8. Rory McIlroy: Following last year's U.S. Open victory, it didn't seem like he'd be able to do anything quietly again, but McIlroy is playing some sneaky good golf lately without much fanfare.

9. Jason Dufner: No longer an underdog, the world's eighth-ranked player has made huge strides in the 52 weeks since nearly winning the last edition of this tournament.

10. Tiger Woods: Obviously the 14-time major champion can win anyplace, anytime. But he more often thrives on familiar venues, as evidenced by his three wins this year. Despite practice rounds, Kiawah is a great unknown.

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11. Steve Stricker: You know that scene in Happy Gilmore where the lead character says, 'Happy learned how to putt. Uh-oh.' Well, Stricker has always known, but he may have relearned a thing or two last week.

12. Louis Oosthuizen: Earning a groundswell of support as a potential 'dark horse' pick this week. All of which makes sense except the dark horse part. He's got a claret jug and nearly won a green jacket. No underdog here.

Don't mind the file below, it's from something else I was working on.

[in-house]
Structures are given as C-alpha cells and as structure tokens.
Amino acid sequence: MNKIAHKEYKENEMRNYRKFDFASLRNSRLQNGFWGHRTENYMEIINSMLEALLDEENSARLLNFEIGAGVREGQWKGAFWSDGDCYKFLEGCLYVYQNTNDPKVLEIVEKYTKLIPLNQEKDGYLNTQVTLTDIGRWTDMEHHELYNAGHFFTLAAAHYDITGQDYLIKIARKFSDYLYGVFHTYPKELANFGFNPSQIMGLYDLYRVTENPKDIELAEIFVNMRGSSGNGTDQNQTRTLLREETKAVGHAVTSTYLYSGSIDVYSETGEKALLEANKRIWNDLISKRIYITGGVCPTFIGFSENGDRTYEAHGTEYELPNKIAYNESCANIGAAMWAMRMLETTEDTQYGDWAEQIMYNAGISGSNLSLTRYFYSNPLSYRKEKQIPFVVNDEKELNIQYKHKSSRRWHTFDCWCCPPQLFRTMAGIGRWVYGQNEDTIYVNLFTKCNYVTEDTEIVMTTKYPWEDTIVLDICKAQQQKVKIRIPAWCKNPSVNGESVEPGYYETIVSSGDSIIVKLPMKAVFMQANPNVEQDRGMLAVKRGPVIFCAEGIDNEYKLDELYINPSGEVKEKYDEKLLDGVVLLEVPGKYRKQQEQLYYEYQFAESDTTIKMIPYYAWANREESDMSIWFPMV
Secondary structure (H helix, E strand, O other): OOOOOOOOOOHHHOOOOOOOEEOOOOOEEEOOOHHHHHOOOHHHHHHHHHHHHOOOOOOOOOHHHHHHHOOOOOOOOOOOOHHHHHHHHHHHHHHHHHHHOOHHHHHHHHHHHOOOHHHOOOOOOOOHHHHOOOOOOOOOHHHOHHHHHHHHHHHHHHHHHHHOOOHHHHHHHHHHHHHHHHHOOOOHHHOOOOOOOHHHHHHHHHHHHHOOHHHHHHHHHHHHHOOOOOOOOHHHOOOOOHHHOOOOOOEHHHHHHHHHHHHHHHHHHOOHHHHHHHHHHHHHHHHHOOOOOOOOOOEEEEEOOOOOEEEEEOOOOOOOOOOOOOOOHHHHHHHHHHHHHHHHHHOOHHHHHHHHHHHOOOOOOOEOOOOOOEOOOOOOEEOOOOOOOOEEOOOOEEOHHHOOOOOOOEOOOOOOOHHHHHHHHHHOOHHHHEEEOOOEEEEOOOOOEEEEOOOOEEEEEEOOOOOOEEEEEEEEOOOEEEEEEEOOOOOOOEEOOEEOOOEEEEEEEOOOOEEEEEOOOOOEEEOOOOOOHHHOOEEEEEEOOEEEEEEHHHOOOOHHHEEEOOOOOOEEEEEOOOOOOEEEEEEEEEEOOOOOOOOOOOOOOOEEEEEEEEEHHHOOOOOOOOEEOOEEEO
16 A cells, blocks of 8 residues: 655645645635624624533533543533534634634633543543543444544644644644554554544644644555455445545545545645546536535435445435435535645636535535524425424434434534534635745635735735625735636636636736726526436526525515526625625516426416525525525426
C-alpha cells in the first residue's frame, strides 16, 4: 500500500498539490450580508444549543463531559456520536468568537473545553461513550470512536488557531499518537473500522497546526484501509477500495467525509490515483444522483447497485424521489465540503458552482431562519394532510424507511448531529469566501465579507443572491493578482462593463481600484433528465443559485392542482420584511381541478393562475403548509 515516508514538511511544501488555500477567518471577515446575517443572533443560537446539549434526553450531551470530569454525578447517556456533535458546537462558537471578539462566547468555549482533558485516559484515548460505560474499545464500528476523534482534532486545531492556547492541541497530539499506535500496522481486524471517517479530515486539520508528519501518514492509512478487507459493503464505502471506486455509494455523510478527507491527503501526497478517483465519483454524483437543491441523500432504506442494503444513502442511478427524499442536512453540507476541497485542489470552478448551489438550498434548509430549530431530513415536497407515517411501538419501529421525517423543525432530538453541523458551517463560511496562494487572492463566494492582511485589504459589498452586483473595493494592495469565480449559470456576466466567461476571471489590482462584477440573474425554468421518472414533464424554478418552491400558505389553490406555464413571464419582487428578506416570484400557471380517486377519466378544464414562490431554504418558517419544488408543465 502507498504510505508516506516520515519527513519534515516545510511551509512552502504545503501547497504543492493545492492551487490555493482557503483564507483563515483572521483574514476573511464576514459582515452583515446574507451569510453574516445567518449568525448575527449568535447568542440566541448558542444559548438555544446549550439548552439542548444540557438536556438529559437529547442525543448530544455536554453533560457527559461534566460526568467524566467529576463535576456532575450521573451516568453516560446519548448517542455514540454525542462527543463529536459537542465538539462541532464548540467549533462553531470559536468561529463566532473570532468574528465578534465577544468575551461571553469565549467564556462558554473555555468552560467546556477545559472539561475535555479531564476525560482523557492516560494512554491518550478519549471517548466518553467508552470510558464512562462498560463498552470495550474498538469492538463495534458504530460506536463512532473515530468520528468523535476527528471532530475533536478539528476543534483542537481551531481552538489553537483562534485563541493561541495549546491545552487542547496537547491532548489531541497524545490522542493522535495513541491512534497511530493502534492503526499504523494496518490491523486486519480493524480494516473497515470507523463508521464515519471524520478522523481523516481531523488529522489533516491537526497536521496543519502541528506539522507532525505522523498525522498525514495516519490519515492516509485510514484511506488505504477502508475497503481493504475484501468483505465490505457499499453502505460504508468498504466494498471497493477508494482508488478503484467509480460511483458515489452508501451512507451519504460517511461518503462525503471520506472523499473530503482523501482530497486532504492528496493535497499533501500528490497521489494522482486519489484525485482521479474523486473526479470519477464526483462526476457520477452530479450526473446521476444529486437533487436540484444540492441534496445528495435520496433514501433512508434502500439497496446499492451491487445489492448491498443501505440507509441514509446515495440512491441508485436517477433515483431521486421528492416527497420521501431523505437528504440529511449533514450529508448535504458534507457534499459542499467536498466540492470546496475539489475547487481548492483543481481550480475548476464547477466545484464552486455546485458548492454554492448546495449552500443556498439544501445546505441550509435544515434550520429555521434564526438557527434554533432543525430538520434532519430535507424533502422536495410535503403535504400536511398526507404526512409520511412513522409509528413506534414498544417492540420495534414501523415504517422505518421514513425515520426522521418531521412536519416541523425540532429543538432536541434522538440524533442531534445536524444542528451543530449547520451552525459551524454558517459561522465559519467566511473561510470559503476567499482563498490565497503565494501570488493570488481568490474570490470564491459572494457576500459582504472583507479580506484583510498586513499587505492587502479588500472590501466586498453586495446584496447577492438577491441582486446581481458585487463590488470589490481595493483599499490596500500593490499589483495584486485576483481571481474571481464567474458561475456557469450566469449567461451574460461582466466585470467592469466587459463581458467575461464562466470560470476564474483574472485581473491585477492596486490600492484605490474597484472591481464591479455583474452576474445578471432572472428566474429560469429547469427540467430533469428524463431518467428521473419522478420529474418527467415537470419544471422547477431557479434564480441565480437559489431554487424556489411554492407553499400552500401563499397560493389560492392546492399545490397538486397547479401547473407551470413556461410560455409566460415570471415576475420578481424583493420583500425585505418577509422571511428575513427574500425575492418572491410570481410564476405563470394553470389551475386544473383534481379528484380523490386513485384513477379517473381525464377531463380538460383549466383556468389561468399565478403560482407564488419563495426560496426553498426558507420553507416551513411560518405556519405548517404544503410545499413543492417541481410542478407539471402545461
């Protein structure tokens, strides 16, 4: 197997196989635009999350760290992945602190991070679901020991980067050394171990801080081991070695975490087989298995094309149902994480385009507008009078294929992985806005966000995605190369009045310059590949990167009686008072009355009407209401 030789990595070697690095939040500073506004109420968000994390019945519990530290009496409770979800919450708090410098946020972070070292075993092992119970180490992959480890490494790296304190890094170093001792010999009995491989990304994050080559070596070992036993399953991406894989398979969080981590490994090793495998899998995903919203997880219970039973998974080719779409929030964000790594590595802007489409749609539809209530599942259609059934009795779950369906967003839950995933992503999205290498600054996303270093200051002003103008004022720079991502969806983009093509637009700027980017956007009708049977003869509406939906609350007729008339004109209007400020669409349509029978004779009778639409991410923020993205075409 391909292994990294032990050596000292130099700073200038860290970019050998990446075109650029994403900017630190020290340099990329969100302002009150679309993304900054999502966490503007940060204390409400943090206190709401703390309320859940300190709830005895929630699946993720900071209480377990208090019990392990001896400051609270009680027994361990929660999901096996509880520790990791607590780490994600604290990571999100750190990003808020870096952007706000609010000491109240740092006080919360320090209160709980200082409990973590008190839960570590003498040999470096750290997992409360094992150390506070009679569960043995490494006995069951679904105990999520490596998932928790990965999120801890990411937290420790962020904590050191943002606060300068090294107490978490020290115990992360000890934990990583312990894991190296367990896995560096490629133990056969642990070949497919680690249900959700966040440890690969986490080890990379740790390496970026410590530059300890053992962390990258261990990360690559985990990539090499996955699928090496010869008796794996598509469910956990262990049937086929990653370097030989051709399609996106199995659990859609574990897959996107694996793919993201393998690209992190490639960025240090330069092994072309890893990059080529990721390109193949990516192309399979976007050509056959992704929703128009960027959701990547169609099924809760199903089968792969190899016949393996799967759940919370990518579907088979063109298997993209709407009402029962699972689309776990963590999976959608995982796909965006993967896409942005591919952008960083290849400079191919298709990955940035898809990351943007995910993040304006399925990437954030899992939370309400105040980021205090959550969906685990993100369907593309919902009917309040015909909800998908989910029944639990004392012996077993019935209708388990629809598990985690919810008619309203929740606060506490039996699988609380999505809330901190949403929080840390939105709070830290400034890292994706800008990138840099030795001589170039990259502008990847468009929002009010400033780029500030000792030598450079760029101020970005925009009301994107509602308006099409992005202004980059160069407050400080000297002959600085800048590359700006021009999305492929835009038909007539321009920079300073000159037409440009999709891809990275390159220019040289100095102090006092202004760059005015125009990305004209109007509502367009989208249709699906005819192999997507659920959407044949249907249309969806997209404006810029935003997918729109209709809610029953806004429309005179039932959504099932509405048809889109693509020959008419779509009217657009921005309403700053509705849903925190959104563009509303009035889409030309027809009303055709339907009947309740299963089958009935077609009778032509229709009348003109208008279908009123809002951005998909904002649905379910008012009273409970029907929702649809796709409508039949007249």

13. Adam Scott: If he's haunted by his Open Championship collapse, he hasn't shown it publicly, displaying class, grace and humility in the aftermath of such a gutwrenching conclusion.

14. Bill Haas: Just the type of player who fits the recent major champion mold, as the reigning FedEx Cup winner has triumphed on some very good golf courses.

15. John Senden: It's always befuddling why the game's best GIR guy year after year doesn't almost 'accidentally' win more events. Just hitting greens will be half the battle this week.

16. Nick Watney: Don't look now, but he's starting to emerge from what has largely been a season-long funk. If this game is cyclical – and it is – Watney may be hitting his uptick soon.

17. Bubba Watson: It would be foolish to discount the Masters champion anywhere, especially on a big course like Kiawah. His son Caleb's adoption now finalized, expect him to play with more freedom and fewer distractions.

18. Scott Piercy: The recent Canadian Open champion has been on a tear as of late. His long game should come in handy on a course that should reward distance.

19. Jonathan Byrd: It stands to reason that a few players from semi-nearby Sea Island will thrive in the local environs. Byrd's propensity for getting hot and staying hot will serve him well.

20. Lee Westwood: Hot putters come and go, but solid ball-striking is a staple – and there aren't many better tee-to-green than Westwood, still searching for that elusive major title.

21. Martin Kaymer: Often hasn't played his best golf since winning two years ago, but he's still very young and ultra-talented. He isn't done winning majors yet.